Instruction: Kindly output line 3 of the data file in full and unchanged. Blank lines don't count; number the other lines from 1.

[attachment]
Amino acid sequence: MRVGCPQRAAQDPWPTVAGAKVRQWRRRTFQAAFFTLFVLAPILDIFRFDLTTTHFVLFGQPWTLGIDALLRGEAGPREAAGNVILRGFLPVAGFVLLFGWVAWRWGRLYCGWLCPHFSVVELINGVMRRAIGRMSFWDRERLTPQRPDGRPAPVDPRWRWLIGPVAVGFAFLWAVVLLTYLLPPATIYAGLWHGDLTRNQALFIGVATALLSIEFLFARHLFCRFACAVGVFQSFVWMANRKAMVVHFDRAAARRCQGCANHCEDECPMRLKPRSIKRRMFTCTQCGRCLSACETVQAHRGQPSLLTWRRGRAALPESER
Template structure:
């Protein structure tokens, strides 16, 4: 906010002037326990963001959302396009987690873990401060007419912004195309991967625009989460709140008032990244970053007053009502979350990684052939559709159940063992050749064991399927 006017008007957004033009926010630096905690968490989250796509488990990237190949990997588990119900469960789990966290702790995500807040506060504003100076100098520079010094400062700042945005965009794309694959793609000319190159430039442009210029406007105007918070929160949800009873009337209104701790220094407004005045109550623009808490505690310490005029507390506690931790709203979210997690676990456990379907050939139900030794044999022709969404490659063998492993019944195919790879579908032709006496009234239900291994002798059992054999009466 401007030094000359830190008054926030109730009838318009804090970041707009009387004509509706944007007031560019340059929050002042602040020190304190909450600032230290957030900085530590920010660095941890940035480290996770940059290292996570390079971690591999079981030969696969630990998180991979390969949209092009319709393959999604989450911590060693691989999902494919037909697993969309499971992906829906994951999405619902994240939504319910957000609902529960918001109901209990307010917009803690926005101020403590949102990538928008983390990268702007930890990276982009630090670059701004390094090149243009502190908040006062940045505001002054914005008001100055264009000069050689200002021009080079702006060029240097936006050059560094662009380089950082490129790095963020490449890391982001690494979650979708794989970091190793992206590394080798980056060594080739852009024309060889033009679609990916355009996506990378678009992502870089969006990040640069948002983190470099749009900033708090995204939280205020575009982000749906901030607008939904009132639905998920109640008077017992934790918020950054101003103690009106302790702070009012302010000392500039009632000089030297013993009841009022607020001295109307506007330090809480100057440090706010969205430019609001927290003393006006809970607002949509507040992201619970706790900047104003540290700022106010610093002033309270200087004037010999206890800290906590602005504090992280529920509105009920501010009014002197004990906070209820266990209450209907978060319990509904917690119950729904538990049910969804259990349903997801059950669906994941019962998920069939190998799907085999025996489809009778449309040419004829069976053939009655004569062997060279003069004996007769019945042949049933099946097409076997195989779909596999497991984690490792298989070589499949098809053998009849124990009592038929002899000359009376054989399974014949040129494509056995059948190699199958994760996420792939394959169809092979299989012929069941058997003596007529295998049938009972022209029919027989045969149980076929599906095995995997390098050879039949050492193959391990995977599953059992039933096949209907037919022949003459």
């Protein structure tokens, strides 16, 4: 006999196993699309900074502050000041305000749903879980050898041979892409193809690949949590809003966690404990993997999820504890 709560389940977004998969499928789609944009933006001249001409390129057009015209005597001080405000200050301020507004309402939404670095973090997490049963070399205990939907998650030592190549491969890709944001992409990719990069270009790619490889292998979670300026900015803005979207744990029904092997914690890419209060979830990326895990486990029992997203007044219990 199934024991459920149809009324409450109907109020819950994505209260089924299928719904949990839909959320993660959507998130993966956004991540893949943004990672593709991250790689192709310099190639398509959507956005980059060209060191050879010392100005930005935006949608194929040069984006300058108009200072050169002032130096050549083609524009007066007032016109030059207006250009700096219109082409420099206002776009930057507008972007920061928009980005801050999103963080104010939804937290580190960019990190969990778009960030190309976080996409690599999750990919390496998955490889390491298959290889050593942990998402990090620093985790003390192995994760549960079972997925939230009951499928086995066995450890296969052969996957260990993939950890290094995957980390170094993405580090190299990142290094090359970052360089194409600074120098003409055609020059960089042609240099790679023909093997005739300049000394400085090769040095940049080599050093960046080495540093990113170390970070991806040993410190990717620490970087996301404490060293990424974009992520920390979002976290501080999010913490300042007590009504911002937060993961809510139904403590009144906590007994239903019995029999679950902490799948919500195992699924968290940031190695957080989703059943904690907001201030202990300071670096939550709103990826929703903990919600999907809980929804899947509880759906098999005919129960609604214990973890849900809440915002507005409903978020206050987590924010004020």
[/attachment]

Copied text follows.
């Protein structure tokens, strides 16, 4: 906010002037326990963001959302396009987690873990401060007419912004195309991967625009989460709140008032990244970053007053009502979350990684052939559709159940063992050749064991399927 006017008007957004033009926010630096905690968490989250796509488990990237190949990997588990119900469960789990966290702790995500807040506060504003100076100098520079010094400062700042945005965009794309694959793609000319190159430039442009210029406007105007918070929160949800009873009337209104701790220094407004005045109550623009808490505690310490005029507390506690931790709203979210997690676990456990379907050939139900030794044999022709969404490659063998492993019944195919790879579908032709006496009234239900291994002798059992054999009466 401007030094000359830190008054926030109730009838318009804090970041707009009387004509509706944007007031560019340059929050002042602040020190304190909450600032230290957030900085530590920010660095941890940035480290996770940059290292996570390079971690591999079981030969696969630990998180991979390969949209092009319709393959999604989450911590060693691989999902494919037909697993969309499971992906829906994951999405619902994240939504319910957000609902529960918001109901209990307010917009803690926005101020403590949102990538928008983390990268702007930890990276982009630090670059701004390094090149243009502190908040006062940045505001002054914005008001100055264009000069050689200002021009080079702006060029240097936006050059560094662009380089950082490129790095963020490449890391982001690494979650979708794989970091190793992206590394080798980056060594080739852009024309060889033009679609990916355009996506990378678009992502870089969006990040640069948002983190470099749009900033708090995204939280205020575009982000749906901030607008939904009132639905998920109640008077017992934790918020950054101003103690009106302790702070009012302010000392500039009632000089030297013993009841009022607020001295109307506007330090809480100057440090706010969205430019609001927290003393006006809970607002949509507040992201619970706790900047104003540290700022106010610093002033309270200087004037010999206890800290906590602005504090992280529920509105009920501010009014002197004990906070209820266990209450209907978060319990509904917690119950729904538990049910969804259990349903997801059950669906994941019962998920069939190998799907085999025996489809009778449309040419004829069976053939009655004569062997060279003069004996007769019945042949049933099946097409076997195989779909596999497991984690490792298989070589499949098809053998009849124990009592038929002899000359009376054989399974014949040129494509056995059948190699199958994760996420792939394959169809092979299989012929069941058997003596007529295998049938009972022209029919027989045969149980076929599906095995995997390098050879039949050492193959391990995977599953059992039933096949209907037919022949003459």